Yes, Japan can be an expensive country to live in, but I live in a very nice flat for 60,000 a month, and can save a fair bit as I don't drink, smoke, or go out as much as I used to when I first got here. The flat's a bit out of Tokyo, but the air is cleaner, and it's a lot quieter. And income tax is around the 10% mark, which helps to offset shopping prices. And let's not forget the generally cheaper electronics here.

I've been to Malaysia quite a few times so I know what it's like to a certain extent. My last trip was for most of last February. Singapore I've been to less often, but I have a basic idea of what it's like. It's not like I'm choosing a country at random that I've never been to before.

After 10.5 years in Japan, it's time for me to get out and do something new. I love it here, but my brain is getting stale. I need a change and a new challenge.
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Warning Bells



Joined: 10 Mar 2011
Posts: 87
Location: Always Changes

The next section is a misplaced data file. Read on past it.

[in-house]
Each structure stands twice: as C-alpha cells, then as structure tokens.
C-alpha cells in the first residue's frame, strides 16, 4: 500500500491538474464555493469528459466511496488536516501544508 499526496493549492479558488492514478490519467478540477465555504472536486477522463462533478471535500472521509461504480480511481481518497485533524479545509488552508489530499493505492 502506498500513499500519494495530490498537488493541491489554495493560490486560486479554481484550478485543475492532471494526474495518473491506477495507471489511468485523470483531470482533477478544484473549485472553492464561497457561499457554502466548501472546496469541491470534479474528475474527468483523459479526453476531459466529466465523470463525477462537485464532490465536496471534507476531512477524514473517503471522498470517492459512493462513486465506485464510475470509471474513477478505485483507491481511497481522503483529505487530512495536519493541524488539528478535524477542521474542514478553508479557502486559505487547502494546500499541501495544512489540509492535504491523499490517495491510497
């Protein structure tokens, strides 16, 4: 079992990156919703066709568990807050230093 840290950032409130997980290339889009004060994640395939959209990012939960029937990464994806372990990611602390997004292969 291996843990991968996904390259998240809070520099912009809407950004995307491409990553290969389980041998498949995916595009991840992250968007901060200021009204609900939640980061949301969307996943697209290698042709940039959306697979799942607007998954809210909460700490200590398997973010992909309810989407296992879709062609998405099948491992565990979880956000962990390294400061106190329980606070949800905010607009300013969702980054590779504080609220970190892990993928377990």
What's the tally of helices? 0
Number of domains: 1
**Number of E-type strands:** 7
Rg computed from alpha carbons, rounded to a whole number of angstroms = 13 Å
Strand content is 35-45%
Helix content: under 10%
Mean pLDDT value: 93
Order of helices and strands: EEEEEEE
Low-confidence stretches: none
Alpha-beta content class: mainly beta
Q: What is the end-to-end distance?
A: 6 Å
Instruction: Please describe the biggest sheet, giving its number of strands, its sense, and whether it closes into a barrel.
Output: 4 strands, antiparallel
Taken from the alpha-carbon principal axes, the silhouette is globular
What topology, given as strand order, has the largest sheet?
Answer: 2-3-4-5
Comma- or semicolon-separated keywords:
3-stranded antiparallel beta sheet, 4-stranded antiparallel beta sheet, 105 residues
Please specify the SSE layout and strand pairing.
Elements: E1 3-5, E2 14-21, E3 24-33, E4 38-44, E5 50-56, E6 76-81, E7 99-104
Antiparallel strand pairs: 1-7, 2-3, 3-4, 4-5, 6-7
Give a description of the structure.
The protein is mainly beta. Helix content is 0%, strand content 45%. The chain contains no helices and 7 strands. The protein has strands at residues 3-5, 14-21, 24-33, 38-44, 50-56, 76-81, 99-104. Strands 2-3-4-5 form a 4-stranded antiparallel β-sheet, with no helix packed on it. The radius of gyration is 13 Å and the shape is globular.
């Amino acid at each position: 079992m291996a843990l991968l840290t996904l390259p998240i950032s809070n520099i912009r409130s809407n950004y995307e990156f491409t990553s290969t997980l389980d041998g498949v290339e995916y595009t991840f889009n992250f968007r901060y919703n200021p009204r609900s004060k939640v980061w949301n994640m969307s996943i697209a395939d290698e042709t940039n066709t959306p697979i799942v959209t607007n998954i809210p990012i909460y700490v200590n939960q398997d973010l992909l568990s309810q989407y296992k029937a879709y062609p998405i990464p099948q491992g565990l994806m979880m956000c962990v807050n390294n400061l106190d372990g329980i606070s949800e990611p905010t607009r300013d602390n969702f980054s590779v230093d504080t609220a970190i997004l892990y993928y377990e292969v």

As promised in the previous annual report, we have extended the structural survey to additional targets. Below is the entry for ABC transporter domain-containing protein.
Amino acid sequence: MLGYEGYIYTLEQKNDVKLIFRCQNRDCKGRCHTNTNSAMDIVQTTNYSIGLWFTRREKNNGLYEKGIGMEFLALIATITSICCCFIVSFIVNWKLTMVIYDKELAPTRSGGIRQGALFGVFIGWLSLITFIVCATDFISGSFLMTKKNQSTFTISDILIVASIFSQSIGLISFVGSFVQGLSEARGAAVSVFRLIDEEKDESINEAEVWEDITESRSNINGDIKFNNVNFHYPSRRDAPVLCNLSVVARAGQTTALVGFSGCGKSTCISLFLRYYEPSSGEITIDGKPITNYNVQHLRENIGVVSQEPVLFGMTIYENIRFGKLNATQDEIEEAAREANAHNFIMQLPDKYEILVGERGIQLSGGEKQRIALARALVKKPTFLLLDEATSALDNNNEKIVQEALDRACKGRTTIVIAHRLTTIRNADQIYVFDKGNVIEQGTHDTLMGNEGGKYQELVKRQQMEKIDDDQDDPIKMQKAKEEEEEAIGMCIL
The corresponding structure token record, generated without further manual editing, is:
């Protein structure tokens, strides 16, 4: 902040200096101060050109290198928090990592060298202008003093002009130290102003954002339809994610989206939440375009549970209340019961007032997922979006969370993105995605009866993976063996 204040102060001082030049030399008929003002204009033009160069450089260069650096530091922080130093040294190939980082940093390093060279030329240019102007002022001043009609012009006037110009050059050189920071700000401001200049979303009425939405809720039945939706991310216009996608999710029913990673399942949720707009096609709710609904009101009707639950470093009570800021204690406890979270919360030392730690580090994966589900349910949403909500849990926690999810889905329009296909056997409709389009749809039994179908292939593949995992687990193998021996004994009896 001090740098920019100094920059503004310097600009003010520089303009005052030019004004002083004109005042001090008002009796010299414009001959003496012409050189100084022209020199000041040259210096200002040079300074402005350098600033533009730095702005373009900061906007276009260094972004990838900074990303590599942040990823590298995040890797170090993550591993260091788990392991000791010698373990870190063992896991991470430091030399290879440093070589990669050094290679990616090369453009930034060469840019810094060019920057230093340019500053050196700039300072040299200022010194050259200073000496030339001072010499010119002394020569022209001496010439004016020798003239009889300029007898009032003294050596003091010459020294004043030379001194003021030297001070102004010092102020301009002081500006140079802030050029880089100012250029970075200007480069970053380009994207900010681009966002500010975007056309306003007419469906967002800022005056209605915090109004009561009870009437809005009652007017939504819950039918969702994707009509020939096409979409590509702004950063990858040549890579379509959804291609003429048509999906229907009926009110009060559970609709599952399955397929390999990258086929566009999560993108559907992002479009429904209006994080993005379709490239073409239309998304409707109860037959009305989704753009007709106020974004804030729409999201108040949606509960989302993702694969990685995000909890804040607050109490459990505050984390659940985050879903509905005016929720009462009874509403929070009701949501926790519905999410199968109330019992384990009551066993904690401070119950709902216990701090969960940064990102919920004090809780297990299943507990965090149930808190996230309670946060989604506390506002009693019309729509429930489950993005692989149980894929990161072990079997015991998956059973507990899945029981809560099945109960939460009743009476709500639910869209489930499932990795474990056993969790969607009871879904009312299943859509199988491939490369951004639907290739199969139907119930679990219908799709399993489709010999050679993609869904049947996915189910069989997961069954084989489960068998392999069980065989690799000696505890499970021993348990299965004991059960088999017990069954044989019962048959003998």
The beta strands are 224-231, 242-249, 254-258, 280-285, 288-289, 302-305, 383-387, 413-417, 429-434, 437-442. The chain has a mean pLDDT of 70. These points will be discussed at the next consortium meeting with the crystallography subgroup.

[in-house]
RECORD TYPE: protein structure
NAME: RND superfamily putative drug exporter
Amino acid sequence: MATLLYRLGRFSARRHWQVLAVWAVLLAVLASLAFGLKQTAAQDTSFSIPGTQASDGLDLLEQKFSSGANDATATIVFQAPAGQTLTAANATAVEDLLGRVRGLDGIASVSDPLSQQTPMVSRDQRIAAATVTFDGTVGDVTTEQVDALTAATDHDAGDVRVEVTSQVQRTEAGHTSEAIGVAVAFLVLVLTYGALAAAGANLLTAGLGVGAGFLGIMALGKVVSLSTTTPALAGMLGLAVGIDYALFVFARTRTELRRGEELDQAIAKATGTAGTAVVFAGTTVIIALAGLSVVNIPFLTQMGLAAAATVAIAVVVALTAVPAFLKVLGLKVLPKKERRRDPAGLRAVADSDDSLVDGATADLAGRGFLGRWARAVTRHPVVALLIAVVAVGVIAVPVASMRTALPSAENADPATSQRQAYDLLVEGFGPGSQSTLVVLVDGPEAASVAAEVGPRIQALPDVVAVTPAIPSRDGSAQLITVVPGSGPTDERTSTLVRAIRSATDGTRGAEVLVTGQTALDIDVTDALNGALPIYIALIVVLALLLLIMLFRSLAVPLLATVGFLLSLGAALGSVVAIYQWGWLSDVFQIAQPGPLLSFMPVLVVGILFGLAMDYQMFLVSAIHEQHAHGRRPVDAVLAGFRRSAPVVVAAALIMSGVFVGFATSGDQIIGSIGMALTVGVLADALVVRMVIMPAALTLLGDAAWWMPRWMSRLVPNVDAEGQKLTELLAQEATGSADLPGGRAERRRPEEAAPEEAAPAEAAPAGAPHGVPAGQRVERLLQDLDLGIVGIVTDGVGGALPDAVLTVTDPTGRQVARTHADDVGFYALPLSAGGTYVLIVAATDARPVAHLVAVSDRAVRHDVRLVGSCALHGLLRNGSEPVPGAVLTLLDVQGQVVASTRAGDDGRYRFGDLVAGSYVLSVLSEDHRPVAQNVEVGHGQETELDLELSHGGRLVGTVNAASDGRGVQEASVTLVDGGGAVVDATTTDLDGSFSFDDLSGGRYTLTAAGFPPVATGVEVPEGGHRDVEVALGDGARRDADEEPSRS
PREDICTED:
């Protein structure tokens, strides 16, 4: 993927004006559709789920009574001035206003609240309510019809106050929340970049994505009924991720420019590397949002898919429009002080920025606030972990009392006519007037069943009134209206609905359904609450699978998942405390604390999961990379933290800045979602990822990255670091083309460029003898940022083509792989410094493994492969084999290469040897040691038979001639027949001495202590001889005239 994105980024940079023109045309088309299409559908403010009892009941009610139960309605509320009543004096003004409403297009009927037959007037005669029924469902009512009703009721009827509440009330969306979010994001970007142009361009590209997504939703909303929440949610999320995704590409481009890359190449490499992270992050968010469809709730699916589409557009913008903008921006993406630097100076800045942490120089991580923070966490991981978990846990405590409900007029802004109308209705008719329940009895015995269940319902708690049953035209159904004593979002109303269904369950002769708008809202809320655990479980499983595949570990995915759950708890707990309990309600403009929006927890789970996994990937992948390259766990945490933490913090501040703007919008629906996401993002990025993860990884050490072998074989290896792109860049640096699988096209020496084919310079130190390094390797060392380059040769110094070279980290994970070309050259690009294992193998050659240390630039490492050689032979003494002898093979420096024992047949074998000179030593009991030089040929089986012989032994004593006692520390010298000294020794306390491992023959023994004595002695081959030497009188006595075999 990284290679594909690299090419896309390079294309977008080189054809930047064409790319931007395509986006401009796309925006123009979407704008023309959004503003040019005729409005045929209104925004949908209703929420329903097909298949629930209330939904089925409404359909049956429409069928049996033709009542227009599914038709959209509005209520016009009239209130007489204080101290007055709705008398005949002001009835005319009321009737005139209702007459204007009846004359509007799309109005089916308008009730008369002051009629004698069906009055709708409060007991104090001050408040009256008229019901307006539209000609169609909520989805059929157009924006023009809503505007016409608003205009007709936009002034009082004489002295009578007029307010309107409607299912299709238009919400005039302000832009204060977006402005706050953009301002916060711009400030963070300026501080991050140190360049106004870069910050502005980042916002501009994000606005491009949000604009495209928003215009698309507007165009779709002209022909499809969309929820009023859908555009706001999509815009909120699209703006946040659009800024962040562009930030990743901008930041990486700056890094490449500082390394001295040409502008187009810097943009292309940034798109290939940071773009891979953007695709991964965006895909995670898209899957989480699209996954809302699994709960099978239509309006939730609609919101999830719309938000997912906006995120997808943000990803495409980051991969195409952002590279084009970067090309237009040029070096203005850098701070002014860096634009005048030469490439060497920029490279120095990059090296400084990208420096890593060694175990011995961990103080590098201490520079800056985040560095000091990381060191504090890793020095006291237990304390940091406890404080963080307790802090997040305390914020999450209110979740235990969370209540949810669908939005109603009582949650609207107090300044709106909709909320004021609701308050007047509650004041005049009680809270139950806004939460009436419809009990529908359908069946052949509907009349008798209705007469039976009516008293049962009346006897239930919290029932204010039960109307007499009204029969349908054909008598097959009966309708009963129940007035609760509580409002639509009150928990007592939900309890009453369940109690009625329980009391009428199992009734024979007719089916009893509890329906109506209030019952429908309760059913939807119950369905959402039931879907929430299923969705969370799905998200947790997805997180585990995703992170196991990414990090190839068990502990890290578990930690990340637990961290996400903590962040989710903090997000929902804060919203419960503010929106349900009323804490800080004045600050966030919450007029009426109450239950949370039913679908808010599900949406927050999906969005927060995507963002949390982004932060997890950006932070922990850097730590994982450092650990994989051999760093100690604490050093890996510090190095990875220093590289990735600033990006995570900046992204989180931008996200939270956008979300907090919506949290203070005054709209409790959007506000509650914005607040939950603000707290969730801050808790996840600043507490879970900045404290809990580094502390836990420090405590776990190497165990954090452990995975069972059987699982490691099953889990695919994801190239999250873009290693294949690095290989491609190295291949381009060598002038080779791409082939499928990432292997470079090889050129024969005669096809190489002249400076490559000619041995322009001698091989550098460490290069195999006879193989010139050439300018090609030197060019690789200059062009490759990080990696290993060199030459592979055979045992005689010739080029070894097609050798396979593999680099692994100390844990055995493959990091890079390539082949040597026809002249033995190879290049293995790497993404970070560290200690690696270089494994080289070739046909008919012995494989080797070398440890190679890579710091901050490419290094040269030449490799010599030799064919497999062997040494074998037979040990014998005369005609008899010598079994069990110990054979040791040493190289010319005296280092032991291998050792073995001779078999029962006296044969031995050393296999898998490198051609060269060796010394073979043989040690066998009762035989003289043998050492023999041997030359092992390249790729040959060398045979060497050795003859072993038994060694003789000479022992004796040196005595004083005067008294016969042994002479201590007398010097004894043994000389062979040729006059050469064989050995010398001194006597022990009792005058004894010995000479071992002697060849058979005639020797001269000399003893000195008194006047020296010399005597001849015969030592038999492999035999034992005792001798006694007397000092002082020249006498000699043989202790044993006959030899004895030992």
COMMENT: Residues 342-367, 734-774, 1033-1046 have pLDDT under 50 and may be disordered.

PostPosted: Wed Mar 23, 2011 1:16 pm    Post subject: Reply with quote

KayuJati, I know Selangor, Perak, Keddah and Penang quite well. Those are the areas most likely for him to find work. If you live in KL, just know that a home or apartment can easily run you around 3k a month for a decent place. You don't really need a car in KL. But bear in mind that the taxis there are not cheap. The buses are not very frequent and the train system/subway doesn't cover the city well enough.
In Ipoh, you'd definately need a car. You'd figure that you after a few days of frustration. In Singapore, you don't need at car at all, but you'd be paying through the roof for housing or shacking up with roommates. There's just no other way around it.
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Nemodot



Joined: 12 Mar 2011
Posts: 53